Author: Claire Napier

The Crow Girl: Kindness in an Unexpected Form

The Crow Girl Erik Axl Sund Harvill Secker, 2016 Erik Axl Sund is the author of this book, but he is a composite creature. Jerker Eriksson and Håkan Axlander Sundquist are lifelong friends and collaborators elsewhere–in music, in the art world, etc. To write with a peer can produce popular work (see Good Omens, for example), but without fail it will produce a question: Which bit is whose, then? Choosing to publish under one portmanteau de plume allows the book to be a book and not a project, not a novelty. One whole thing, the product of synergy. As...

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Books That Made Us Cry Laughing in Public

Claire: In the summer of 2001 my family visited North America. We saw relatives in Connecticut (which tickled me; I kept an eye out for signage toward Stonybrooke), went to Boston (Heinz’ beans are better), New York (very tall), Martha’s Vineyard (horseshoe crabs? AWFUL), and up on some kind of hell train to Niagara Falls. I was fourteen, and that’s a lot of travelling, so my parents bought me books. I first read The Princess Diaries on that trip, which was a love story that lasted, but more relevant to this conversation I also found myself holding Angus, Thongs,...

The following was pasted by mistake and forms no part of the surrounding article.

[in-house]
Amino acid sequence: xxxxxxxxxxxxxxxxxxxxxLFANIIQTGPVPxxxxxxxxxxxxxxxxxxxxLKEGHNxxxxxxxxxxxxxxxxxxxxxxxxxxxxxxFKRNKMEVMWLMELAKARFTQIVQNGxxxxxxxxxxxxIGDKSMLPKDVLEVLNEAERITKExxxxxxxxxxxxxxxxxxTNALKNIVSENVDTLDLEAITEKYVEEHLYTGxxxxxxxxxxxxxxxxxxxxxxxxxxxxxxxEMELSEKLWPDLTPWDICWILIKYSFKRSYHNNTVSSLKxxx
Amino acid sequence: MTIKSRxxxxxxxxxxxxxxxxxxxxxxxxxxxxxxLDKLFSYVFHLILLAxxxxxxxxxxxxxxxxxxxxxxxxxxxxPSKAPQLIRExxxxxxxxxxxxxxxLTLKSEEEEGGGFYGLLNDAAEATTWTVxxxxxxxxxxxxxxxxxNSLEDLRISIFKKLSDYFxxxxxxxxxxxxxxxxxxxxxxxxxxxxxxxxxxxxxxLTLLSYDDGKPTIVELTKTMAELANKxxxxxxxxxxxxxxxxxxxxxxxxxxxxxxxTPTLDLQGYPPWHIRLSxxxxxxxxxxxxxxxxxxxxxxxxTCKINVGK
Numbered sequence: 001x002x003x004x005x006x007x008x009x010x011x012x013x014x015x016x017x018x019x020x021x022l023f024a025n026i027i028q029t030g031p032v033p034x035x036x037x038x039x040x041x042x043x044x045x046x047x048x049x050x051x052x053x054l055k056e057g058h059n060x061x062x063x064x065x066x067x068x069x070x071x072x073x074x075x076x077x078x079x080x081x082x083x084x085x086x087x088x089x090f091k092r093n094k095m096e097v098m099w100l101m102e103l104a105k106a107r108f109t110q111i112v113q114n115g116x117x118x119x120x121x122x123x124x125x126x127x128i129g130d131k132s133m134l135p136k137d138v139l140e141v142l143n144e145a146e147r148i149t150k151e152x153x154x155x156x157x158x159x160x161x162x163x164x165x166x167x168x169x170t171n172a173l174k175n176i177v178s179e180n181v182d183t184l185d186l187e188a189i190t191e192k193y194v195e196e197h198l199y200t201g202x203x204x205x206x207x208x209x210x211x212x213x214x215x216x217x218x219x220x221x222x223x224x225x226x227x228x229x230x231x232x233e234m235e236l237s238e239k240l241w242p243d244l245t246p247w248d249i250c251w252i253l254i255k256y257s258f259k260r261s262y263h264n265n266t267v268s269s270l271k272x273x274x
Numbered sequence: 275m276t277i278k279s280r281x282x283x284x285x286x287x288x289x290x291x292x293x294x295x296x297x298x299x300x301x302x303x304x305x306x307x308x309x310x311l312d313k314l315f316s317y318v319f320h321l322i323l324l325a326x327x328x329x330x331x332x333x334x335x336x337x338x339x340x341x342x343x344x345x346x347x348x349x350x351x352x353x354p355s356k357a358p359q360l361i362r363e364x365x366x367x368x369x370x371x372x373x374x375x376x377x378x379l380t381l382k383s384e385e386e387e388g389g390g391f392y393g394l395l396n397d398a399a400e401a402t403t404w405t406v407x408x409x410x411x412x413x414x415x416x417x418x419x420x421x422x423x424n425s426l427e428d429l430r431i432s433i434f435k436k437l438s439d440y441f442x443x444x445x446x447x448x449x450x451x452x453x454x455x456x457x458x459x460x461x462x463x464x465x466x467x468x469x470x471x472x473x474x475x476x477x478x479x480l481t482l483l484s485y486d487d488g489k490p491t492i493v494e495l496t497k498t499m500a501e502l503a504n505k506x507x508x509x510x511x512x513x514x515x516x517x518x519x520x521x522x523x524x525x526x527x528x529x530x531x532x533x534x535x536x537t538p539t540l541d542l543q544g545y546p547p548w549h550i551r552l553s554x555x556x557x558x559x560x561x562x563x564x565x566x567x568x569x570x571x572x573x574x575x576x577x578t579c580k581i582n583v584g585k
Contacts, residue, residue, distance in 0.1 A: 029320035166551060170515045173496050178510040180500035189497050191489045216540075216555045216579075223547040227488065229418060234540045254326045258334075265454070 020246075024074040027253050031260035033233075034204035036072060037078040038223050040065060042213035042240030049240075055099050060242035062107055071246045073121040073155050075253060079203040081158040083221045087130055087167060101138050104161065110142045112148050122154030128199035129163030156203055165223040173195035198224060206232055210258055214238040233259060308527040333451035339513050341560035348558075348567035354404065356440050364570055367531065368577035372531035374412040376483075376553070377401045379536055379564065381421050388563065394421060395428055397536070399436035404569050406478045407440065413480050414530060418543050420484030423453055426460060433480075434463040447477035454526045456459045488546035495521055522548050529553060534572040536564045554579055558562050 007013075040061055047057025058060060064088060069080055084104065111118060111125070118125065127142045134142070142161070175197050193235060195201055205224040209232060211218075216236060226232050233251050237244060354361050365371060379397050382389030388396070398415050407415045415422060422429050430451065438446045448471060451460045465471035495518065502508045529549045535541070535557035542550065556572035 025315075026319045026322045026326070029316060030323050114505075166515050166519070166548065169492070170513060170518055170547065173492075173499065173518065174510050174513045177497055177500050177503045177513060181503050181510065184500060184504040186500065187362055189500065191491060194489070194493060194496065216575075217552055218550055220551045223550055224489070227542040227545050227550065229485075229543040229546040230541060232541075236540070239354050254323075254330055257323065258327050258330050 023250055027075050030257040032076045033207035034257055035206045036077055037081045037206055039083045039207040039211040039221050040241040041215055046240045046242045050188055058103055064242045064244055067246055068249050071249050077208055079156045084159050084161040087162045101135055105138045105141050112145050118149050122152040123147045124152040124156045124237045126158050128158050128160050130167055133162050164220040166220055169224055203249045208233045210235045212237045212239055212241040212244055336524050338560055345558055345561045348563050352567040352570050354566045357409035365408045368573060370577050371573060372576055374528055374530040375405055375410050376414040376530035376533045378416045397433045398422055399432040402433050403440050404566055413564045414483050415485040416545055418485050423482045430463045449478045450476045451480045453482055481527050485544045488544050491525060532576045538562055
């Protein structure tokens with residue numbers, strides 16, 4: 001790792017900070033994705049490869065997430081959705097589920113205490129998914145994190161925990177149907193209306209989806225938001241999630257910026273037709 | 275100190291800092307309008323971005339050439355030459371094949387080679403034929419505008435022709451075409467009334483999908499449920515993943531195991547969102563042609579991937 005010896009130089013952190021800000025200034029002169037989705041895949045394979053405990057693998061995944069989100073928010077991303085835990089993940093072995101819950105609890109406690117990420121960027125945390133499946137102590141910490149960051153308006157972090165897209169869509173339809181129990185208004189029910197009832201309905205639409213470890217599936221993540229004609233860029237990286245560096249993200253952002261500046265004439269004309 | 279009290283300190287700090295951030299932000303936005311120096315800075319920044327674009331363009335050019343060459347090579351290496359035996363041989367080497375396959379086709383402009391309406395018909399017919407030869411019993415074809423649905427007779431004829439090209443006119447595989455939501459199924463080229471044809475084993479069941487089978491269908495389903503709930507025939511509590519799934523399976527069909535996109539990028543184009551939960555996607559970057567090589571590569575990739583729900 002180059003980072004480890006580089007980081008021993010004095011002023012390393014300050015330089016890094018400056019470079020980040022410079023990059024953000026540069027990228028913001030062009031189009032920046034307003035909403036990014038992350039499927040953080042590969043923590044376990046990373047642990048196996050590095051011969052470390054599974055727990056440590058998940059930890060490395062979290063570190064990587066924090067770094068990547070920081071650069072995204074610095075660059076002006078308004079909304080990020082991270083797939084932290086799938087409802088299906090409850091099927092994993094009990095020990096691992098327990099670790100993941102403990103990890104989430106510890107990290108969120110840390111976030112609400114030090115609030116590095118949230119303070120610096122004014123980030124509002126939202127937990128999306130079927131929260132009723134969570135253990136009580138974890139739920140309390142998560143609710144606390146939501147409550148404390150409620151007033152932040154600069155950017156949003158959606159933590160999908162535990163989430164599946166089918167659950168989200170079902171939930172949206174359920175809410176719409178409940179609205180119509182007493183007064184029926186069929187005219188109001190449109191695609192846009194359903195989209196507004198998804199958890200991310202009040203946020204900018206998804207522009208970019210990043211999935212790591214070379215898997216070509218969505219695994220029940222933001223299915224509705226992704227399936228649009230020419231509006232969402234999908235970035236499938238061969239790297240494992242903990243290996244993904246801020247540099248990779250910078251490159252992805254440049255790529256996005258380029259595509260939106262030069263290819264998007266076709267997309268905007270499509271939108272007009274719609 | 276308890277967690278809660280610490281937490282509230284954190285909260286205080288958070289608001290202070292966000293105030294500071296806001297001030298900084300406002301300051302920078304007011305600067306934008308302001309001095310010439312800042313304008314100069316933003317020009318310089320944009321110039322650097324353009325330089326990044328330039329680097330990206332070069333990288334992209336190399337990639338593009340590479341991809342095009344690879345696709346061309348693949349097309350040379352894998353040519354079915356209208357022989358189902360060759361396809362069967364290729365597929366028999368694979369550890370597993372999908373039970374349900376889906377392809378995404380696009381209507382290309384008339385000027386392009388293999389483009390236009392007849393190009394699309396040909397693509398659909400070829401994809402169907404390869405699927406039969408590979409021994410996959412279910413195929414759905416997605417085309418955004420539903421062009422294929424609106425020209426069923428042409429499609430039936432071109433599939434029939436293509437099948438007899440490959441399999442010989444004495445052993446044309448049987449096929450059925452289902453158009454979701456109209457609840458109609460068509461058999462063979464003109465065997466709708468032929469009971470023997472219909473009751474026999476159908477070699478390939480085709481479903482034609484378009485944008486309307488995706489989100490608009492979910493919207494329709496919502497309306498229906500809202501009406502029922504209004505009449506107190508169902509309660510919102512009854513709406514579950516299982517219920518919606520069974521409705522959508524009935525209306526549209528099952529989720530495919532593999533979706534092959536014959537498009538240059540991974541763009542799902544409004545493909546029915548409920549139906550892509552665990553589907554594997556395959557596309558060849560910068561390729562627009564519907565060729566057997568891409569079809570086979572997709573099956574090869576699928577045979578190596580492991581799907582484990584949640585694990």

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Commercialised Suffering Is Easy: Lemaitre’s Irene

Irène is crass, coarse, and shallow. Pierre Lemaitre’s novel is like the work of Jo Nesbø, in this way. Preoccupied with torture and awfulness, reluctant to engage with humanity or emotion beyond the ways that happiness can be revoked or twisted; used to make a person miserable; and underbaked as progressing narratives, these author, in my opinion, write lazy books undeserving of their popularity and acclaim. Both Nesbø and Lemaitre describe their scenes of pain and carnage in unexpressive terms (perhaps it’s correct to allow that, in my experience, their translators do). A head will be cut off and...

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Say Goodbye to Your Childhood: A Fandom Unbinding Spell

I’m a Slytherin. I cut my communicative teeth on Harry Potter. In year ten I read Goblet of Fire so much the cover just…went away somehow. My ears perk up when somebody says “Draco Trilogy;” I have to manually smooth them down. Harry Potter fandom was my community, and Hogwarts was my home away from home. I say “was.” Harry Potter and the Deathly Hallows dropped seven years ago, and that’s as long as Harry spent in school (longer, actually, but you get me). I read it in two gulps and then I told the entire story to my...

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Blood and Glitter: A Book of Art, Perspective, and Choices

“I don’t go into a session intending to make any kind of statement. I’m looking for the mysterious, how to explore the unique enigma of the situation. I think photography is as much about concealing as it is about revealing. The resolution lies in the art of freezing. The thrill is to seize the magic moment.” –Mick Rock, 1981 Don’t you think that’s the perfect way to think about comic panel composition? Fuck cinematic. Photographic is the word. “What’s happening in this scene?” is a question that tricks the viewer-creative gaze into focusing on the progression of their understanding of...

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